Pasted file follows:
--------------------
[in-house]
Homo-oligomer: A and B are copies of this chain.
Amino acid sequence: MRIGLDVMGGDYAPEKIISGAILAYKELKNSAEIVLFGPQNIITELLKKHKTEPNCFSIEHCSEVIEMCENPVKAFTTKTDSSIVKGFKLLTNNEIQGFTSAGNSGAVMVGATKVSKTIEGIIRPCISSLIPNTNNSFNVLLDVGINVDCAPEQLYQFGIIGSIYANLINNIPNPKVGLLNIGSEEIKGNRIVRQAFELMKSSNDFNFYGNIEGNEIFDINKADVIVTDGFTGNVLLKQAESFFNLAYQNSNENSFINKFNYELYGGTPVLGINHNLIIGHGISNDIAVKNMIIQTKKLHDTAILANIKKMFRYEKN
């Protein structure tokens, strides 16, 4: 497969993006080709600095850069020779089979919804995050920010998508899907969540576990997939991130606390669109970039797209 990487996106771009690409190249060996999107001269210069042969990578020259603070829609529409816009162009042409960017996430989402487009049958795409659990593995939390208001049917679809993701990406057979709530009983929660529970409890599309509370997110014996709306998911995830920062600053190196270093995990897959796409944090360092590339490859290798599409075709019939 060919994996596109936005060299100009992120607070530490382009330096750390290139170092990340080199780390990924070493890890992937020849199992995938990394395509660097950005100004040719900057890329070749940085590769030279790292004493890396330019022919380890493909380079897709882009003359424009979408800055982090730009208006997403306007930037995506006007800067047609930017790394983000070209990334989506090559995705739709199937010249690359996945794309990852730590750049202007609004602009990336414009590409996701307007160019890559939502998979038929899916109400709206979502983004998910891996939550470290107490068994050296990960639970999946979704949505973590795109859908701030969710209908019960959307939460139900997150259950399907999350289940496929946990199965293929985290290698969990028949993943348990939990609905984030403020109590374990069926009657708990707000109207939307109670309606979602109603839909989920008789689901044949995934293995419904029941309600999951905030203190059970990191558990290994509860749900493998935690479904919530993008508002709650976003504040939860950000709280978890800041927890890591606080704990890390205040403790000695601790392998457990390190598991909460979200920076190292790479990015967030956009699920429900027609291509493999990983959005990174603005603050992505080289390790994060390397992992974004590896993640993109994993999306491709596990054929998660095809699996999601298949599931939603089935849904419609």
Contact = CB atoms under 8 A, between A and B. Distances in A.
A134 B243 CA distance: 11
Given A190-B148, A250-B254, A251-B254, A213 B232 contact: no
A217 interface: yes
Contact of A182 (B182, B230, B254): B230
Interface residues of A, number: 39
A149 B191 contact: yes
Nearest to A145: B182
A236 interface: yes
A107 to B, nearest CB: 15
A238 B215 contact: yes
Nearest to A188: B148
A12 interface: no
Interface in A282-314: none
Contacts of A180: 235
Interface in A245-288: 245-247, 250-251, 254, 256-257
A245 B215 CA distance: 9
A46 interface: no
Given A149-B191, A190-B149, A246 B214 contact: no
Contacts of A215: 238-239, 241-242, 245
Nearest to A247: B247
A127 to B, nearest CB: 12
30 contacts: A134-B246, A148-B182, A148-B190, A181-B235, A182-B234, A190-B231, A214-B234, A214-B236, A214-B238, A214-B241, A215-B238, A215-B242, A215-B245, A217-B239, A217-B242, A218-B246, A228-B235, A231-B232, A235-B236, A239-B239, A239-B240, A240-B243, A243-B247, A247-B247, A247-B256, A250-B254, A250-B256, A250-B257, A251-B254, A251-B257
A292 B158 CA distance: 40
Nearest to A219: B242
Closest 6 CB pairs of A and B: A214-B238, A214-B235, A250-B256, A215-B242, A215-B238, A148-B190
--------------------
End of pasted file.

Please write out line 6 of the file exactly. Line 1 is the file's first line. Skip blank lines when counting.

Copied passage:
A134 B243 CA distance: 11